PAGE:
Talley shares the same entrepreneurial spirit that has helped propel our clients to their current levels of success. With over 25 years of experience assisting high net worth individuals and business owners, Talley has the expertise necessary to help entrepreneurs throughout their entire journey, from formation to succession.

The Internal Revenue Service will start examinations of several hundred high-net-worth (HNW) taxpayers beginning July 15. These audits will address partnerships, private foundations (PFs), trusts and other matters for sophisticated individual taxpayers. With a coordinated IRS campaign, HNW taxpayers can expect aggressive IRS audits.

Partnerships and Other Passthroughs. The IRS will likely target HNW taxpayers with partnerships and other pass-through entities. Exams will address taxpayers with pass-through structures, such as partnerships, S corporations and disregarded entities. The Bipartisan Budget Act of 2015 overhauled the partnership audit rules to make it easier for the IRS to audit partnerships and collect tax from those audits.

Private Foundations. IRS examinations are expected to include individuals with PFs. HNW individuals and families utilize PFs to facilitate charitable giving and charitable activities. The tax rules governing PFs are complex. PFs are subject to several excise taxes and compliance requirements to ensure that PF assets are devoted to charitable purposes and to ensure that disqualified individuals don’t obtain certain prohibited personal benefits.

Multi-jurisdictional Families. Individuals with non-U.S. assets and income are subject to special tax and reporting requirements for offshore accounts and assets. The IRS has focused enforcement efforts on taxpayers with offshore bank accounts, assets and structures for several years. Reporting and compliance for these assets can be a trap for the unwary, especially for taxpayers living outside the United States, globally mobile individuals and multi-jurisdictional families. The IRS maintains a voluntary disclosure practice for individuals to regularize non-compliance with US international tax and reporting obligations.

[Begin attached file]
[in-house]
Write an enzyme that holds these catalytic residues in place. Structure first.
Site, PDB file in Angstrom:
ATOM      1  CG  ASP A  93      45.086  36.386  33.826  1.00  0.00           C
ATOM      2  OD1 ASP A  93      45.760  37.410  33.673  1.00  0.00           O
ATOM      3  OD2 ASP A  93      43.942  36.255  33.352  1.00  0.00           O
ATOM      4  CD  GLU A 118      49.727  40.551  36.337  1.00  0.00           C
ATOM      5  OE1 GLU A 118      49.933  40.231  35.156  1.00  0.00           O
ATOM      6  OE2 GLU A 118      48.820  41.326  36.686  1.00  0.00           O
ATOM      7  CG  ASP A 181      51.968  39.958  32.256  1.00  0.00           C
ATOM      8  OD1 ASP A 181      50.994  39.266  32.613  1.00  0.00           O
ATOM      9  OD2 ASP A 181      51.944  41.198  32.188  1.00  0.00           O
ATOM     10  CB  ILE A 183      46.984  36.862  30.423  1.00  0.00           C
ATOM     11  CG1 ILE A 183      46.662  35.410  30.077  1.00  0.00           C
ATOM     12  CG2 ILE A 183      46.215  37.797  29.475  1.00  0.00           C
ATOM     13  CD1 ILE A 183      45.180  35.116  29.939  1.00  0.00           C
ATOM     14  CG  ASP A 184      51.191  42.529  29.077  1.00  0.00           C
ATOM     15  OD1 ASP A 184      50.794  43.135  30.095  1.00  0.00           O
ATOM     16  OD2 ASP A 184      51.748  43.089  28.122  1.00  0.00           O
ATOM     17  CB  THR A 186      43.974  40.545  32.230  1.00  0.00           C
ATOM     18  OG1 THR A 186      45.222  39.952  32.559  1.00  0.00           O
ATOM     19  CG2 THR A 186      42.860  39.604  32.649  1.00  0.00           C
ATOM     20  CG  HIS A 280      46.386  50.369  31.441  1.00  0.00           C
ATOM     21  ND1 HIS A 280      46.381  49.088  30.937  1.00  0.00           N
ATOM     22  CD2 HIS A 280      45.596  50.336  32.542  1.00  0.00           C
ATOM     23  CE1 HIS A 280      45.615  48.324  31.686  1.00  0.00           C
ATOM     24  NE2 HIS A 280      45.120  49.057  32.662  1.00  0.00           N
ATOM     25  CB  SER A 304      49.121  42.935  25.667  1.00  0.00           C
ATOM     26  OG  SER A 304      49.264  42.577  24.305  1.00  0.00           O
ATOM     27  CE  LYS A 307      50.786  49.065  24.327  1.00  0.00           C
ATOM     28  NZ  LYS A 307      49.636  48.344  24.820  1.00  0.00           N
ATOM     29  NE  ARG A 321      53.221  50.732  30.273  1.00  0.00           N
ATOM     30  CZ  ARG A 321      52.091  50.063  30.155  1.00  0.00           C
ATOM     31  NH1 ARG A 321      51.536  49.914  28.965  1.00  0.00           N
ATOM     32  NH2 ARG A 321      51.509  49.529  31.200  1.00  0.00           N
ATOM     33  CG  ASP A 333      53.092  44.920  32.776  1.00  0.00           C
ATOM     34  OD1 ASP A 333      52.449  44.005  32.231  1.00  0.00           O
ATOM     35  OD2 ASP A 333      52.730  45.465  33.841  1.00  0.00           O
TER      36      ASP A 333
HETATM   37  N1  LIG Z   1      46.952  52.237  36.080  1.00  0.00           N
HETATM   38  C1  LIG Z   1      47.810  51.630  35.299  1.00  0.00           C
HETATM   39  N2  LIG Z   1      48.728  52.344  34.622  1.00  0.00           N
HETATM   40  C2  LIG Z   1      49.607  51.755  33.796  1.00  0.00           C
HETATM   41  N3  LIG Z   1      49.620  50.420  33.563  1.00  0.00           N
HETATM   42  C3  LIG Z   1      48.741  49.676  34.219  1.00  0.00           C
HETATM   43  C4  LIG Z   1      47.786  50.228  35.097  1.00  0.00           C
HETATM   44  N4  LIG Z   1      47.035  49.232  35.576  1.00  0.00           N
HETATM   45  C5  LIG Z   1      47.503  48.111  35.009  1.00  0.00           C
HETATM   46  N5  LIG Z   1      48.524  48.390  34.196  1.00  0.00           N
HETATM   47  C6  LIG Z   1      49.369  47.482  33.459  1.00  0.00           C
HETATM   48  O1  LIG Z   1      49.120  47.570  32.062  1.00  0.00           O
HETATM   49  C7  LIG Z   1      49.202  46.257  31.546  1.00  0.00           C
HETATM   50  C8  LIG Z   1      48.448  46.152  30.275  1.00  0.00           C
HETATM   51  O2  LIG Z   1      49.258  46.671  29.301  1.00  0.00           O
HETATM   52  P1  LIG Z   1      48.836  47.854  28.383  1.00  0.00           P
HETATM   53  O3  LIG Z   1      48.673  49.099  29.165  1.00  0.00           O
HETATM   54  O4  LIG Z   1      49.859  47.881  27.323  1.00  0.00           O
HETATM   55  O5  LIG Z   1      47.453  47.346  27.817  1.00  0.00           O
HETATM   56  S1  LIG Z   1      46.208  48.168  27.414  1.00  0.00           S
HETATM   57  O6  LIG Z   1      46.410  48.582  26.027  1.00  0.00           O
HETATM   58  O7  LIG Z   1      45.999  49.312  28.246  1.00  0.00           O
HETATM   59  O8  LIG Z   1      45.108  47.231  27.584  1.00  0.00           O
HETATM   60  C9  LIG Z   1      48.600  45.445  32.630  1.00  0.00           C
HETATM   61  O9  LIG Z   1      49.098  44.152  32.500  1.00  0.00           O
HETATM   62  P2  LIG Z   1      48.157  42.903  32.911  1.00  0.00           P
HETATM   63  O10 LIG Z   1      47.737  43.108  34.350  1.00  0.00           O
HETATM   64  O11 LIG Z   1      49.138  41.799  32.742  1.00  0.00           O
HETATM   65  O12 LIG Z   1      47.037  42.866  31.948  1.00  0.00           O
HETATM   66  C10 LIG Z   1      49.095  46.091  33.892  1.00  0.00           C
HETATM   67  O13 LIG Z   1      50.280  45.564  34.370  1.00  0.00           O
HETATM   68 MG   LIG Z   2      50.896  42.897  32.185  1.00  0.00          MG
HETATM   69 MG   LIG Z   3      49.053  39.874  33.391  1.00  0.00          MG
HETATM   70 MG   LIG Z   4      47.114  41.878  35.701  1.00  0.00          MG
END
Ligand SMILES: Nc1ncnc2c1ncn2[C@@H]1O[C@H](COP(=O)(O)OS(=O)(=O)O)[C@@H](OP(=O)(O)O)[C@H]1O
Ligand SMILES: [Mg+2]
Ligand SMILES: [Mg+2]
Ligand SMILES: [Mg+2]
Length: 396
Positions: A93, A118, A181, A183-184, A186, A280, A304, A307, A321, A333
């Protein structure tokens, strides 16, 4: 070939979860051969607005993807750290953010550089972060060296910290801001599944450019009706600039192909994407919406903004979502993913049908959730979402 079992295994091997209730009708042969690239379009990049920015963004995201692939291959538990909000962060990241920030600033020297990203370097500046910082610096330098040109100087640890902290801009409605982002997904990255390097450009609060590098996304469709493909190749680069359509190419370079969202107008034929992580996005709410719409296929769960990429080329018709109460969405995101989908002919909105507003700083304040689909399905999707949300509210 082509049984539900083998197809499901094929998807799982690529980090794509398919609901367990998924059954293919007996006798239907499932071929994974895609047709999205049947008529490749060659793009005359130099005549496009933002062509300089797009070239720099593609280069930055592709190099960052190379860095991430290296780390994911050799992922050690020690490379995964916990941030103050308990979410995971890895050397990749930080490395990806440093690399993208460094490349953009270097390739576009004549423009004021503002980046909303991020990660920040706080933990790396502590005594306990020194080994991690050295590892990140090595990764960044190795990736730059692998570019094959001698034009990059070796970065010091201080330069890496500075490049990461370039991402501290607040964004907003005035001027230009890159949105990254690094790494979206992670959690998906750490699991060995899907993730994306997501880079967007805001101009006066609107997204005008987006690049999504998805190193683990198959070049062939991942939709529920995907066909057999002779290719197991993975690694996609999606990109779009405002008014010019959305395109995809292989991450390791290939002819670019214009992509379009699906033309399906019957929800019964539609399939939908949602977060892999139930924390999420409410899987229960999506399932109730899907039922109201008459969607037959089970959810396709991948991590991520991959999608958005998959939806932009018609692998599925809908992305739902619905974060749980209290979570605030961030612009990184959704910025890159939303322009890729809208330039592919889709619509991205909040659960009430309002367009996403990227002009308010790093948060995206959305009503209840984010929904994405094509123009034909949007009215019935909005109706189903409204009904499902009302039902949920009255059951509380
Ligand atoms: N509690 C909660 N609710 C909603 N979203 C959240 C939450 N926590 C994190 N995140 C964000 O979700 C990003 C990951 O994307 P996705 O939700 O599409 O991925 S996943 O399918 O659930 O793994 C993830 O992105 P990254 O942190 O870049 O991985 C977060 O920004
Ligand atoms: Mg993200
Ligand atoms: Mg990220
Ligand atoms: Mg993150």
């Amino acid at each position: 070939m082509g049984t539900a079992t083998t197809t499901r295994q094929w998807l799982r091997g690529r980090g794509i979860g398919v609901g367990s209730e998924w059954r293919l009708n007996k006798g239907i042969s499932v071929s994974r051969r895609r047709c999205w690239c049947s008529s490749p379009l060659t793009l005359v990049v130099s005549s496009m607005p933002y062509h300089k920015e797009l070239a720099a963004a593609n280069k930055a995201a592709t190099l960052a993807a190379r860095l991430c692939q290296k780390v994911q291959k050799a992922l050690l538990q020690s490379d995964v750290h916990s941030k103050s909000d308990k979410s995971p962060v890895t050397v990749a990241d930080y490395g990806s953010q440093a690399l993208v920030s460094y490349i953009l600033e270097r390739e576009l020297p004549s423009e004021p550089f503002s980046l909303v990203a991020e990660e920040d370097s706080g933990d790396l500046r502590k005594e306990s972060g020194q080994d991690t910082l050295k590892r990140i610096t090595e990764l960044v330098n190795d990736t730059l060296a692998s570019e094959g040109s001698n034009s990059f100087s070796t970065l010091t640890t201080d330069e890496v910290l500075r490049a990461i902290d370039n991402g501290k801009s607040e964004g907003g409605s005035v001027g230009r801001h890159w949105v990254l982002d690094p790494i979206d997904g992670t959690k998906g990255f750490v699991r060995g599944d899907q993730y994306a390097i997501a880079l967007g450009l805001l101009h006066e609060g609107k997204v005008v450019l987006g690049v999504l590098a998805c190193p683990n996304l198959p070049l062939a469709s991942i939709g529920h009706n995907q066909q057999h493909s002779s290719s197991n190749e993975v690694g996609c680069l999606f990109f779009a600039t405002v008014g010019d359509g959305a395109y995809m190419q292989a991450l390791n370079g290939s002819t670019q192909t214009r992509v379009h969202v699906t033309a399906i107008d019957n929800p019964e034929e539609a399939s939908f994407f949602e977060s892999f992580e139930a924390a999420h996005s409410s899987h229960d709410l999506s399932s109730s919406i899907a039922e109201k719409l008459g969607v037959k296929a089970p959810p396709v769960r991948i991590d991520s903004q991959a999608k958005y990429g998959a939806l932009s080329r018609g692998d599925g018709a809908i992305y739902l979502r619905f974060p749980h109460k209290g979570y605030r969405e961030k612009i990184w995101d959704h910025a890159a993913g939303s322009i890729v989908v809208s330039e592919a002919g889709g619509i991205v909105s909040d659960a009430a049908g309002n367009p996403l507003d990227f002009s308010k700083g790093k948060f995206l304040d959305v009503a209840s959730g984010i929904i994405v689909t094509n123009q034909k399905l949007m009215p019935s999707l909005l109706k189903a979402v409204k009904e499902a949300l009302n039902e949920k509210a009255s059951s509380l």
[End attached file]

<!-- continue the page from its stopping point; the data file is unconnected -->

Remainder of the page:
TCJA Examinations for Individuals. The 2017 Tax Cuts and Jobs Act (TCJA) made major changes to the taxation of HNW individuals with international assets and activities. Many of the changes had a disproportionate impact on HNW individuals, including the rate structure of the Internal Revenue Code Section 965 transition tax, global intangible low taxed income and limits on available deductions. In May, the IRS announced a TCJA campaign and stated that “[t]he goal of this campaign is to identify transactions, restructuring and technical issues and better understand taxpayer behavior under the new law.” HNW individuals should be prepared to address TCJA tax issues and related planning during the coming cycle of examinations.

How Can Taxpayers Prepare? HNW individuals should be prepared to address issues relating to their sources of income, estate planning, foreign financial accounts, gifts to family members, assets transferred to PFs or charitable organizations and to identify assets they own both within and outside the United States. Increased scrutiny of IRS audits of HNW individuals make it extremely likely that the IRS will consider increasing enforcement measures.

Talley’s experienced team of tax professionals provide comprehensive tax compliance and consulting services so you can preserve, enhance and pass on to the next generation the assets and wealth that you’ve worked hard to build. We welcome the opportunity to discuss with you the current opportunities available to you. For more information, contact us today.


1 2 3 4 20
Archives